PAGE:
Long treks, shared lockers will end with facility

With South Florida growing as an athletic school, the university needs to bring an athletics facility to the campus that would give the student-athletes what they need to let them train in ways that are on par with other Division I schools.

Among the biggest concerns for USF athletes, not provided by their current arrangements in the Sun Dome and the Campus Recreation Center, are convenience, close proximity to the teams’ playing fields, privacy and amenities such as training tables.

Presently athletes have to walk long distances from weight rooms to locker rooms to coaches’ offices to practice fields.

They also share the Rec Center locker rooms and share the weights for training with some teams, having to schedule times at the Sun Dome for weights. Many coaches presently have their offices in the Sun Dome and require their athletes to go out of their way to get to them.

With the locker rooms being in the Rec Center, the tennis, softball and soccer teams have the inconvenience of walking to their destination before and after games and practices.

“It’s pretty inconvenient,” Aaron Ortega, a sophomore on the soccer team, said. “We have to walk around tennis courts. It would be cool to have something around the field.”

Other Division I schools that draw big-name athletes and are considered big-name programs, such as Michigan, where senior tennis player Dan McCain previously attended, have their facilities closer to the athletic fields than USF’s Rec Center has to its fields.

“One thing that was better (at Michigan) is that they had a locker room right there next to the court,” McCain said. “They don’t really have one here.”

One possibility mentioned to McCain by a member of the athletic staff is that there might be lockers or something built where the tent is in the middle of the current tennis facility.Besides the players’ lockers being far away from their game and practice sites, they have to share locker rooms with other teams or the student body.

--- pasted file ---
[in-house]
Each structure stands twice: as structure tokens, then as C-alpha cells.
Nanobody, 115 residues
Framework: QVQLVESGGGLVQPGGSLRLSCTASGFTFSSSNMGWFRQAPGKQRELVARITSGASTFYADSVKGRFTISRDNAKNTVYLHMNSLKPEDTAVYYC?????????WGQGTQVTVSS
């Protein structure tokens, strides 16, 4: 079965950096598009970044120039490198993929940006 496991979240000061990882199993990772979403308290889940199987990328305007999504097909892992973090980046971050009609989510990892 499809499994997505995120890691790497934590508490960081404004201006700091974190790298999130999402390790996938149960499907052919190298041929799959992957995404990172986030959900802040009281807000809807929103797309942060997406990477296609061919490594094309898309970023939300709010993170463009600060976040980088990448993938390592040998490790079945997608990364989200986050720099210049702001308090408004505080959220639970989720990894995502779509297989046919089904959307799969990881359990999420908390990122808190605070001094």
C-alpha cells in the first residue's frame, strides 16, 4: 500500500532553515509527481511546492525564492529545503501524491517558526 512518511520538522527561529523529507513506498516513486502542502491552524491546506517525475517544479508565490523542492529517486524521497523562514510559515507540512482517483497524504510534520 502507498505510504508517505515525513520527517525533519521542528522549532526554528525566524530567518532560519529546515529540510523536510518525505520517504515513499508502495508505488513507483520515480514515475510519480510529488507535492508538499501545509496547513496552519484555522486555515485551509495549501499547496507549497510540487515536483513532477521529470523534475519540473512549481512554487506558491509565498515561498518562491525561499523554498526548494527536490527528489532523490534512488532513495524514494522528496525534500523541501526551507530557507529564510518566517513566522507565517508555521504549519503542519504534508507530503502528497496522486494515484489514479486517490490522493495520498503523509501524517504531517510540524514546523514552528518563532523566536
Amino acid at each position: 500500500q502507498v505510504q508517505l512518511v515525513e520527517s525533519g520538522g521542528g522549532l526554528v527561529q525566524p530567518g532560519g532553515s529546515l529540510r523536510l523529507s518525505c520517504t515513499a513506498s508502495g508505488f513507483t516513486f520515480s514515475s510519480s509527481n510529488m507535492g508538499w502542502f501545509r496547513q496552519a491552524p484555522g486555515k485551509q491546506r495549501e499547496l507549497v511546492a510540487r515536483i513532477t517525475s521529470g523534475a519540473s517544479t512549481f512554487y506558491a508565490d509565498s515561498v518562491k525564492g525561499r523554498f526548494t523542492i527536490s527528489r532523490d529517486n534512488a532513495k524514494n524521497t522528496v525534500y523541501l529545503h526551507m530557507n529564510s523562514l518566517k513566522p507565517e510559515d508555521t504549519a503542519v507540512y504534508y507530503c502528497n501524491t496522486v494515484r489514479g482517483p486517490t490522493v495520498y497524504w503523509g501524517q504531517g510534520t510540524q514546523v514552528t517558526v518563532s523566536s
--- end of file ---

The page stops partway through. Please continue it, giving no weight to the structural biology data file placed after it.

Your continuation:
The women’s soccer, softball and track teams share a locker room, and the men’s soccer team uses the same locker room as the male students using the Rec Center.

“(We have) a very little locker room and a little area to change,” sophomore pitcher Corin Tassio said. “You have people walking in and out with the soccer team, so it’s not really like our locker room.

“If we hang things on the wall, we can’t hang it all over the place because we don’t want them to take it down.”

Ortega said not having the privacy of their own locker room also endangers the players’ focus and mental preparedness toward games.

“It kind of takes away from your focus,” Ortega said. “You’re walking by, and (people) are talking about this and that.”

Having one locker room per team will also help team unity. Athletes are generally known as superstitious or routine people who do certain things before a game such as listen to music, and they start their focus with their teammates.

There have been cases when the men’s soccer players were requested to turn their music down while mentally preparing for a game by people also using the Rec Center.

Tassio, who transferred from Georgia, said the Bulldogs’ facility had many accommodations for the athletes.

“We had great facilities,” Tassio said. “They had an athletic training table where you could eat lunch, and they had a study hall.”

The new facilities would ease the student-athletes’ already strenuous practice schedule and might even add a few more “W’s” to the win column.

“That would be awesome,” Tassio said. “We need it. I think the sports here need it.”

Contact Bryan Fazio at oraclebryan@yahoo.com